Even when your publishing house hires a 3rd-party vendor, the buck stops with each of your internal (read: you) department heads. So for instance, if my publishing house hires someone to create the cover of my next novel, my editor is still responsible for the project management associated with it. My advice: Farm out activities NOT responsibilities! ALL responsibility should always remain with your staff (again, read: you).
There are many benefits to utilizing Gerber's model:
+ Responsibilities are clearly defined which allows you to focus on them, prioritize them and schedule them efficiently.
+ Hierarchies are created within your self-publisher which also allow you to prioritize and handle any conflicts (yes, you will conflict with yourself if you wear all the hats necessary to successfully operate a publishing house).
+ Scalability is built into your company. By clearly defining the many duties associated with operating a self-publishing business, if and when the time comes where you'd want to or (better yet) need to have someone else perform one/some of the duties, you will already have a job description and even SOP (standard operating procedure) for that job. That gives you the ability to effectively manage any 3rd party.
You may scoff at things like scalability, saying to yourself, "I'll never sell enough books to need it." Suit yourself … personally, I do another thing Gerber suggests in the beginning of his E-Myth book, that is, I picture myself five years from now – as a mega-successful author of 20 novels, with Hollywood, video game and other multi-media arms attached.
That vision is what drives me every moment of every day.
Before you can accomplish anything, you MUST believe you CAN accomplish anything!
Passive Guy, the brilliant and mysterious non-practicing IP attorney who's been gracious enough to share his expertise and non-practicing advise with our SelfPubber community passed on this article written by the well-respected, experienced editor, Alan Rinzler - "Good day sunshine for writers." Thanks PG for pointing us to it! Pulling a pint of your own from the tap! c",)
The article is actually a positive one for SelfPubbers to read. Mr. R. gives us all an insider's perspective on the level of confusion in which many TRADPUB execs are existing nowadays. It's an informative article and I have utmost respect for Alan Rinzler, however I do contend on a few points and wanted to share them with you here:
My pennies ... (click on the article above first, so you know what I'm talking about.
Mr. R gives us great insight into the haze of confusion in which many TRADPUBBED execs are living.
Nevertheless, being a devout student of the Tao of Dean Wesley Smith, I do contend with parts of two of his 3 myths about SELFPUBBING:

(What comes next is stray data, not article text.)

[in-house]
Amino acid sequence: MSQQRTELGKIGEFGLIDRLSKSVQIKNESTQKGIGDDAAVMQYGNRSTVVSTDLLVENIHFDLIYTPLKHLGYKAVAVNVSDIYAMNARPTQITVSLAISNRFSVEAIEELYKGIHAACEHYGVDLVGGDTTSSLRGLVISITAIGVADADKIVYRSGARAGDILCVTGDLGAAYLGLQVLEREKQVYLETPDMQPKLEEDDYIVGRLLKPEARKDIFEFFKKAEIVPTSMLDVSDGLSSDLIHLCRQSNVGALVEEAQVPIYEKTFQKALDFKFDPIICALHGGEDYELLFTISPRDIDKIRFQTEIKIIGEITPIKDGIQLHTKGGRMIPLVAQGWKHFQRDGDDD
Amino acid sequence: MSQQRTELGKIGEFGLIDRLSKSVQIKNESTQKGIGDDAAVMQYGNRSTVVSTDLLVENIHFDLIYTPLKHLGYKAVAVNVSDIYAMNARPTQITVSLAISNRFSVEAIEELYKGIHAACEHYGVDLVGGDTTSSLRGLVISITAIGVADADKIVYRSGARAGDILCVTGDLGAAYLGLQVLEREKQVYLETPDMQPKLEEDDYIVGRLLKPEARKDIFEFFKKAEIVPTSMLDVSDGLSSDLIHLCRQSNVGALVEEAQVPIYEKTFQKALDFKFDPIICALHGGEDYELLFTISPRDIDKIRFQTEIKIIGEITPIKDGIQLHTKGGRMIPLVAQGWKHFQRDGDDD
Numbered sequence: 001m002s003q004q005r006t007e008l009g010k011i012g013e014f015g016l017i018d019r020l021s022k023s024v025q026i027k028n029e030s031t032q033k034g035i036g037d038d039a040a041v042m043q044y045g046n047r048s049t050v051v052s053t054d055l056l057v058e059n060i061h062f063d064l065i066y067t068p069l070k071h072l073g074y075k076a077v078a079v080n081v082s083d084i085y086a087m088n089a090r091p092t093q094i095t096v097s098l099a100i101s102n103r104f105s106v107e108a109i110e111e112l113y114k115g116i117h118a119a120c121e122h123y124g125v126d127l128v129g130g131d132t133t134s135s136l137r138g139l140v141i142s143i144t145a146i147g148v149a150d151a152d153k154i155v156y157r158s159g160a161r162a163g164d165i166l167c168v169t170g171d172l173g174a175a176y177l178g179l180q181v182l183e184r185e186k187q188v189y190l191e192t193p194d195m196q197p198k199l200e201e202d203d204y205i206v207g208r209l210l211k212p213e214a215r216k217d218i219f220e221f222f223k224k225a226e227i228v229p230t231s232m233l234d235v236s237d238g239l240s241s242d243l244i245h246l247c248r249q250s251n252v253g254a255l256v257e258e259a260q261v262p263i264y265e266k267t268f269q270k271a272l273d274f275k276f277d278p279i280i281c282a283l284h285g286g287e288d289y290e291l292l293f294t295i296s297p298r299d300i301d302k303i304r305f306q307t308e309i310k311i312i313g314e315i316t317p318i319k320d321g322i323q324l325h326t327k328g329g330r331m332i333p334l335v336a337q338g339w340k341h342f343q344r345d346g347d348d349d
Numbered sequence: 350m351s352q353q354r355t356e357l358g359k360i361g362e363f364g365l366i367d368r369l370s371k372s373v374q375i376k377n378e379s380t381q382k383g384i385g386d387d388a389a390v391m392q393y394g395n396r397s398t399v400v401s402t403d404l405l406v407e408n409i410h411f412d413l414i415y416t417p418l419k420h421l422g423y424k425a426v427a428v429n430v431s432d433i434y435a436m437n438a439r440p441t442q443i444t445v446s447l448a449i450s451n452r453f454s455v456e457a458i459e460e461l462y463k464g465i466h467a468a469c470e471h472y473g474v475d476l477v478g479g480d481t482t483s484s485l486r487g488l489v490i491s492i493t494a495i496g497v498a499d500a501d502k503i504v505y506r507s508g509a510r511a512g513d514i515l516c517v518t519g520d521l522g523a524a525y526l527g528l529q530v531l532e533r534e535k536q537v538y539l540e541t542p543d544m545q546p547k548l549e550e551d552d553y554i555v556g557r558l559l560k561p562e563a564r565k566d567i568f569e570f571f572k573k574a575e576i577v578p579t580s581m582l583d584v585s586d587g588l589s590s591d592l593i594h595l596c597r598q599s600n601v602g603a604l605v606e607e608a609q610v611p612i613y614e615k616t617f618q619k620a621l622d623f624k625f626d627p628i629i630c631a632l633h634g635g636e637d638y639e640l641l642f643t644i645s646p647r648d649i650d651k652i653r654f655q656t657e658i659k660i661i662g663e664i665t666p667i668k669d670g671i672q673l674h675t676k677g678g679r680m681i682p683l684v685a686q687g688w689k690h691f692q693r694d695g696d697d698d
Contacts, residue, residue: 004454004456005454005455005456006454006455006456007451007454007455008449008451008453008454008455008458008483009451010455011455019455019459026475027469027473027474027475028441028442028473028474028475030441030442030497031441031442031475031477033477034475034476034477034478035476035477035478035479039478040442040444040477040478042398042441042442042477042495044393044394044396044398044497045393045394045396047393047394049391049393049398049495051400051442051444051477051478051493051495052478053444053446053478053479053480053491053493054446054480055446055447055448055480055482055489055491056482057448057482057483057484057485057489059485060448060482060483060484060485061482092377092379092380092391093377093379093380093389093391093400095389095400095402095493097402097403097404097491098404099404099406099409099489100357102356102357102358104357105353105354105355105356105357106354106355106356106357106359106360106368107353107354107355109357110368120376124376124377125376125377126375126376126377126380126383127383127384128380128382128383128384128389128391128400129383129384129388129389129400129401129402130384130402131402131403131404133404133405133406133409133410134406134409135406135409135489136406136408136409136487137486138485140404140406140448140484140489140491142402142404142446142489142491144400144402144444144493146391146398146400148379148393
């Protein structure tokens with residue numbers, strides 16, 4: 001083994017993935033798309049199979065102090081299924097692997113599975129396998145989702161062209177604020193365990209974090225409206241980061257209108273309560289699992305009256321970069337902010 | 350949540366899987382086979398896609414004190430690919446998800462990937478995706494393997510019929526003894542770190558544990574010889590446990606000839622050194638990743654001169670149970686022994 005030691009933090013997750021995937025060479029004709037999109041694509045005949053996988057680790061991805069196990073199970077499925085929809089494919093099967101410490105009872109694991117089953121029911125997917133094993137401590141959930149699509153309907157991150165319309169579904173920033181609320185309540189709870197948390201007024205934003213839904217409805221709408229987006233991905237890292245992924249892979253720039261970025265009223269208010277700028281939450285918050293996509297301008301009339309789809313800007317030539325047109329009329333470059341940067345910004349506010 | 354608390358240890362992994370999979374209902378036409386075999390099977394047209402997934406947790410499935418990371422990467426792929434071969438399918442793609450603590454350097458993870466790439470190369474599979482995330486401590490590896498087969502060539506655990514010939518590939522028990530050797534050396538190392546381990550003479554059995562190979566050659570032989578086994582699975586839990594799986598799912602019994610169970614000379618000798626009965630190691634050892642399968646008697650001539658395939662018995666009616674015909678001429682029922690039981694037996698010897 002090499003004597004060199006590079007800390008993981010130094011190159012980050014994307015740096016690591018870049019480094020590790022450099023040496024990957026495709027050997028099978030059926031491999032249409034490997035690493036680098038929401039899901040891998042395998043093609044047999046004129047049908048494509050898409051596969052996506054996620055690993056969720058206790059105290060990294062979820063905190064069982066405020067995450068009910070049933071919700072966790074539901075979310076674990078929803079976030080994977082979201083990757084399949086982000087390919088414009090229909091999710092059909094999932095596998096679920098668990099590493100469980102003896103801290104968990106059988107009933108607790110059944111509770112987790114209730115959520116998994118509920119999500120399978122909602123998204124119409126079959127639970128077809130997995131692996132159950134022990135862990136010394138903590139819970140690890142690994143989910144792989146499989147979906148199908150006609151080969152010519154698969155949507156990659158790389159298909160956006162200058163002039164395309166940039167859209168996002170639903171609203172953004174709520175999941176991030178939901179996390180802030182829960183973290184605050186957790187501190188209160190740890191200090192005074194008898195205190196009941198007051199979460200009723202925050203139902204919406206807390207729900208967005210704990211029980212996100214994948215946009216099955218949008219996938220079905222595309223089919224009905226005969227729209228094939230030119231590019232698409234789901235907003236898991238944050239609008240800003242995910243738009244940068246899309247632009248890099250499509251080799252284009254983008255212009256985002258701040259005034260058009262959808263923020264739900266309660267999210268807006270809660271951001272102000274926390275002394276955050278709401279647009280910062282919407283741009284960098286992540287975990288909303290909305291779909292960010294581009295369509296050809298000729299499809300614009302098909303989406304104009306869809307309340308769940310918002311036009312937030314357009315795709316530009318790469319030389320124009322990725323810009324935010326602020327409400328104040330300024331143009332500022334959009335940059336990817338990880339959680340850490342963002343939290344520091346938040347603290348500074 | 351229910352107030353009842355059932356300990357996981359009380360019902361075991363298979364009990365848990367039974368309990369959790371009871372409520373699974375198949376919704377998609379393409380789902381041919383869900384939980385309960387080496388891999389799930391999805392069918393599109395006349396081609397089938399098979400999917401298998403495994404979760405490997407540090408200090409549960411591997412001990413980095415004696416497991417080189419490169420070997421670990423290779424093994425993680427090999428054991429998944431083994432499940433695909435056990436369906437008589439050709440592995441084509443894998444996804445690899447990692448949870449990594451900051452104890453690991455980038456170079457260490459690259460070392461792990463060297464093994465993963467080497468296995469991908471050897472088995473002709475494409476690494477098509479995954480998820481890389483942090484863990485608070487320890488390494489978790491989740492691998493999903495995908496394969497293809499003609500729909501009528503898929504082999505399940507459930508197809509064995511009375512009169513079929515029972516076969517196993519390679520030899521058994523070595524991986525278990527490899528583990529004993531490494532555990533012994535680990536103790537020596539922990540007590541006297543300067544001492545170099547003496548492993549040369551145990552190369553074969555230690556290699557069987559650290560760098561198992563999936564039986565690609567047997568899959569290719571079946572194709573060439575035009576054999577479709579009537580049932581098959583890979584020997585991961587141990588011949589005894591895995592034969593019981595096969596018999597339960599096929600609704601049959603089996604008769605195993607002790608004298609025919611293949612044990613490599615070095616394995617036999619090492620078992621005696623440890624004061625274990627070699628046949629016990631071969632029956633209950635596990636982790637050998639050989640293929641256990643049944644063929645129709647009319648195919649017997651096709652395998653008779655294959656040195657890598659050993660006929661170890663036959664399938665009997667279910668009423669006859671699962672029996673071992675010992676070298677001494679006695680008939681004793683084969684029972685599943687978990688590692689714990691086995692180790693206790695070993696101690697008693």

#2 - Agents won’t represent an author who self-publishes
Mr. R writes, "They’re (read: agents) representing translation and film rights for these self-published titles, and they’re selling self-published books to traditional publishers, if that’s what the author wants."
g: A SELFPUBBER would be better off getting an IP attorney for contract negotiations (pay a fee vs. royalties). As for shopping to TRADPUB ... at this point, I'd suggest that SELFPUBBERS just wait for TRADPUB to come knocking on their doors. Is that pie-in-the-sky? It is, however, if a SELFPUBBER sells north of 5,000 widgets (Mr. R points out 5K as the test-marketing breakwater), they will be in a much better negotiating position and will deal DIRECTLY with the TRADPUB house (no need for the Agent then). If under 5,000 sold, you know what - chances are even if you did attract a TRADPUB house to sign you, you won't earn back even a paltry advance.
Mr. R: "Agents are also beginning to help self-publishing authors to get professional outside developmental and copy-editing, a great jacket designer, set up their website and learn how to social network, make a video for YouTube, get on Facebook, and learn how to strategically blog and tweet."
g: It's sheer nonsense to me that a SELFPUBBER would turn to an Agent (in the capacity of an Agent) for these things. All of them can be accomplished by the SELFPUBBER themselves (no laziness allowed) or by finding/hiring these 3rd-parties directly.
Mr R: "So agents are becoming managers and coaches in the career development of self-published authors. Not all agents, but more and more of the hipper, younger ones who understand how to do this."
g: Is that what a SELFPUBBER wants ... Agents that are managers & coaches? Not this one! How about this - if I want a manager, I'll hire one that actually knows something about managing and calls themselves a manager (with an accompanying 'manager's contract' that would have to show their skin in the game) As for coaches ... lol ... sorry, I'm from Brooklyn, coaches are for little league baseball players. Coaches ... lol
#3 It’s easy to succeed as a self-published author